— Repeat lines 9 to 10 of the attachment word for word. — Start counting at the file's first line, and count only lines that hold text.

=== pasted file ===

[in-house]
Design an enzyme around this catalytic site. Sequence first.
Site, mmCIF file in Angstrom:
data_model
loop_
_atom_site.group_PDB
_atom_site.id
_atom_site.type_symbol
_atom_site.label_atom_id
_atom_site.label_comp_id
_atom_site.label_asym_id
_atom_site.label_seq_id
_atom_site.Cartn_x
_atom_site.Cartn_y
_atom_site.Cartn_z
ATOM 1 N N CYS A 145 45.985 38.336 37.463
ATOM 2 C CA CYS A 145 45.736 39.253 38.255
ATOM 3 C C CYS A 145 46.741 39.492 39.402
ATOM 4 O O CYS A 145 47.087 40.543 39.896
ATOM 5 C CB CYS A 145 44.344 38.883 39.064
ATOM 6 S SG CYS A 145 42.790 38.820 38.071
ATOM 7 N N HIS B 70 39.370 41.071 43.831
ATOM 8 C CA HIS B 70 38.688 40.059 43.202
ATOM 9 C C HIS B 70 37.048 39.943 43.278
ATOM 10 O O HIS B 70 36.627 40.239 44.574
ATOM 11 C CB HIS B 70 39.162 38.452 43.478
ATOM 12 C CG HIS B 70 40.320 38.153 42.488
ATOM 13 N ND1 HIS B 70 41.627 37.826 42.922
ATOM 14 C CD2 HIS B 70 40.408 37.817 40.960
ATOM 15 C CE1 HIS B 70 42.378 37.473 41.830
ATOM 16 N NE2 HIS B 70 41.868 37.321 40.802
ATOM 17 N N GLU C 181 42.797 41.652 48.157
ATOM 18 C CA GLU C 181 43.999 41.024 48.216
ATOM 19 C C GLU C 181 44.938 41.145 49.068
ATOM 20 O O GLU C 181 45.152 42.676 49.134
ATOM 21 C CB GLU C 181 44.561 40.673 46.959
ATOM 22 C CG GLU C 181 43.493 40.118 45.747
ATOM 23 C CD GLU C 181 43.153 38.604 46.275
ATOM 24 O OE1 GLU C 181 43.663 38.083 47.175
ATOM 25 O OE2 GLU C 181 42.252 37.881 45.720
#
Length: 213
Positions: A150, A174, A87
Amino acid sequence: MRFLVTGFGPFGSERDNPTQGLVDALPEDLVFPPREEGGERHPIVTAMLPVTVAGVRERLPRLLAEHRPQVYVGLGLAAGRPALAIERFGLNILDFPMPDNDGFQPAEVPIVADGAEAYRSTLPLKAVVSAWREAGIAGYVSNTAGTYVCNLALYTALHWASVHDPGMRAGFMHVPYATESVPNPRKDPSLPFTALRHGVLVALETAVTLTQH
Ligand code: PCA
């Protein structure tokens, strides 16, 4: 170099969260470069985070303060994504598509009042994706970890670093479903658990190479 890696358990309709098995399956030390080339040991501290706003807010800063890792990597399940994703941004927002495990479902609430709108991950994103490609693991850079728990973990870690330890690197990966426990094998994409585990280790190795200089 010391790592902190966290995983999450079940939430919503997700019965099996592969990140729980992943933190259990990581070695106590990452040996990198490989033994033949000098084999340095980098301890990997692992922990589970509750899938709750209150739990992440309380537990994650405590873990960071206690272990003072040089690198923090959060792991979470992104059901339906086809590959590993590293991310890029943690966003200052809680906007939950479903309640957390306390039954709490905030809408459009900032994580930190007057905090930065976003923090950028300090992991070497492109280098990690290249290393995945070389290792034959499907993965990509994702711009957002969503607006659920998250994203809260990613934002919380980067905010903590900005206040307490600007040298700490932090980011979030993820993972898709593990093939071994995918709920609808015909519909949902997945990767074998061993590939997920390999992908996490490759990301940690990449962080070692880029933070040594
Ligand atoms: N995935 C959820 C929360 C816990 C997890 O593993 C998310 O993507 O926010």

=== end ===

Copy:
_atom_site.label_atom_id
_atom_site.label_comp_id